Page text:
Next, in "The Disruptive Changes in the World of Work That Are Driving Cultural Changes," Deborah Barber describes how cultural changes will be driven by the evolution of the future world of work. She says that the evolving strategic and work environment will require organizations to win on new dimensions such as speed, agility, social mandates, worker fulfillment, optimized talent sourcing, and boundaryless global collaboration, all riding on a wave of enhanced analytics and data. She shows how this requires thinking differently about many fundamental elements of the employment and work relationship, redefining things like employment brand, performance, collaboration, authority, power, and engagement. In the end, she suggests that the dimensions of seismic shifts in organization and work culture that leaders can use to consider how their own organization culture must evolve.
"A Vision of the Workplace in 2025: Doom or Boom?" — the wide-ranging essay by Michael Grove, Chris Hood, Chiara Bersano, Eric Johnson, and Susan Stucky — offers a historical perspective on prior fundamental forces of change such as "lean," "agile," "design thinking," and "robotics," suggesting the importance of offering value, not just low cost. They describe a future "Work Marketplace" characterized by a more transparent and fair exchange relationship between workers and those who engage them that breaks free from traditional notions of head count and jobs. Most fundamentally, the authors suggest an evolution from today's cost-driven approach to work and workers toward a more value-driven approach, which must be powered by more precise insights into the value of work to organizational value creation, not just the costs of work. They show how this value-versus-cost approach to the Work Marketplace can transform traditional approaches to create greater organizational flexibility, transparency, IT management, creativity, diversity, and workforce quality. They suggest this will require a fundamental mind shift by both workers and those who engage them, seeing workers as individual and independent service providers, service to multiple customers rather than one job, and a premium placed on adaptability.
In "CHREATE Forces of Change," Maria Forbes and Jodi Starkman conclude this section of the book by integrating the Five Forces of Change and future trends into a set of specific tools leaders can use to engage their employees, colleagues, and key constituents to map their future position in this evolving new topography, and the most pivotal requirements to evolve successfully. They reflect a theme embodied throughout these essays: Take the ideas of CHREATE and make them tangible and practical. They distill the Five Forces of Change into a powerful "Learning Map" and use the proven change-facilitation techniques of Root, Incorporated, to offer leaders a step-by-step approach to engaging teams and constituents, and precisely identifying the impact of those forces on their organization, what success will look like, the pivotal strategic gaps, and the means to close those gaps. The future is not evenly distributed, and this tool kit demonstrates how you and your team can identify its unique effects on your organization and what to do about it.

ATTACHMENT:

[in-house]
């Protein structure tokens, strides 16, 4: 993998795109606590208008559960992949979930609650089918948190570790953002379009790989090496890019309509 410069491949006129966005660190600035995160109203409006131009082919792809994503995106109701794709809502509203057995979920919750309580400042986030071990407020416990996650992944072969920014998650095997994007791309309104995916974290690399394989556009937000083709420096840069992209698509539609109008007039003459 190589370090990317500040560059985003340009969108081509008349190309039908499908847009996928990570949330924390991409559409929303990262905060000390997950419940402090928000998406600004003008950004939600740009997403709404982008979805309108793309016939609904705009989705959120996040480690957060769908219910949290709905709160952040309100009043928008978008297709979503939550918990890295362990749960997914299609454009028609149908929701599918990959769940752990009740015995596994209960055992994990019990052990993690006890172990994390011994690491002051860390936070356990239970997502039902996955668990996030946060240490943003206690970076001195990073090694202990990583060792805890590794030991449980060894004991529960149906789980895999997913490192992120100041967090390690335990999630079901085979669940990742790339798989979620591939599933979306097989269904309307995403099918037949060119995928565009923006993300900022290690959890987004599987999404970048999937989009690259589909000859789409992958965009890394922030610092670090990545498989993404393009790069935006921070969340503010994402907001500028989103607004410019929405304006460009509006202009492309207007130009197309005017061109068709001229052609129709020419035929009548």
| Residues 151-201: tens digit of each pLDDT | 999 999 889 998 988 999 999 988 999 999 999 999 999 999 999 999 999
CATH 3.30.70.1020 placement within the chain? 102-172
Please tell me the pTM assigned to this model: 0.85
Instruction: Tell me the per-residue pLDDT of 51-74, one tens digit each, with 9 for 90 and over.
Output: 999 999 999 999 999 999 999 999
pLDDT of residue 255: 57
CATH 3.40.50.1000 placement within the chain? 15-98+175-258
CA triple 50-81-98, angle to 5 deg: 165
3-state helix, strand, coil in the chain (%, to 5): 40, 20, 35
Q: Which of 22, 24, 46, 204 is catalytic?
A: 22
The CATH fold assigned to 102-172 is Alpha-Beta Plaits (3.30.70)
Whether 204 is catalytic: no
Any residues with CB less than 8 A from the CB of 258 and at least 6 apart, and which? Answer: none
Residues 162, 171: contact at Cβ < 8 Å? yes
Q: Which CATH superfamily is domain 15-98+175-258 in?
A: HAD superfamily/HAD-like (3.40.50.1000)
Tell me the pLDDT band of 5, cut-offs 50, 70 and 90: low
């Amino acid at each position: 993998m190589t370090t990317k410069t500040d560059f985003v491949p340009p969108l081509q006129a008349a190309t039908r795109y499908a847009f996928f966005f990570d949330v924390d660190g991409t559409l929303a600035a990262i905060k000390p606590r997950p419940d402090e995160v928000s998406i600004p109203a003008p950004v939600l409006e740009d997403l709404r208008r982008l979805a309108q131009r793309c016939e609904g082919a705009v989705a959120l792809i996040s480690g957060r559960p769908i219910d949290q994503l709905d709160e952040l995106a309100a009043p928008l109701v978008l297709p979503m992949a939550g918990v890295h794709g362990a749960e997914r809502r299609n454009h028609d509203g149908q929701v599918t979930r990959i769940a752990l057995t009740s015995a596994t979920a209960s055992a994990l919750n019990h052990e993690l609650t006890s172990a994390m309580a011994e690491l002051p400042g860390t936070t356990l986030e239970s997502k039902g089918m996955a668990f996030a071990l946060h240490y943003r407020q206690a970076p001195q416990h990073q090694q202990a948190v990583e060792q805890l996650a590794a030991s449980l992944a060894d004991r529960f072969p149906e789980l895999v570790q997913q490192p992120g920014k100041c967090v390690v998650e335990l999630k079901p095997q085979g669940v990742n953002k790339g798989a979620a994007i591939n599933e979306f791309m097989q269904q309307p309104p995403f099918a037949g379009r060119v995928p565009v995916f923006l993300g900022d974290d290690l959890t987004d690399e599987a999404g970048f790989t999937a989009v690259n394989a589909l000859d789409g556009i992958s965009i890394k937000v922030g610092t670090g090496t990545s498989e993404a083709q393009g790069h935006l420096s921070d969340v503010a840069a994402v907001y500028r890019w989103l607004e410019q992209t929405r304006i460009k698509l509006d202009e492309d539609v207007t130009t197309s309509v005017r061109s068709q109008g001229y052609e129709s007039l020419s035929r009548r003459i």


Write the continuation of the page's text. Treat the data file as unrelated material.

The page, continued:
Mapping Work in the Digital Economy: Democratic, Technological, and Deconstructed
By John Boudreau
Organizations are becoming more boundaryless, agile, global, and transparent than ever before — and will be even more so in the future. Work and workers (yes, humans) will always be essential to organizations, but organizations themselves will be more diverse, and work will be organized, structured, and done in new ways, increasingly through arrangements outside of regular full-time employment. How can leaders navigate this new digital work ecosystem? How should your organization plan for the changes ahead?
Important clues are emerging from a unique consortium of human resource executives and other leaders. They have gathered together through CHREATE (The Global Consortium to Reimagine HR, Employment Alterna tives, Talent, and the Enterprise) to map out how organizations must evolve to meet future challenges, to identify pivotal initiatives to accelerate that evolution, and to design the actions needed to make the future a reality.
To help frame where the world of work is going, CHREATE leaders identified Five Fundamental Forces driving change:
1. Social and Organizational Reconfiguration: Organizations will be increasingly transparent to stakeholders and more flexible, shifting toward more power-balanced forms and more project-based relationships. Talent will engage on aligned purpose, not just economics. Beyond traditional hierarchies and contracts, networks and social and external collaborations will make leadership more horizontal, shared, and collective.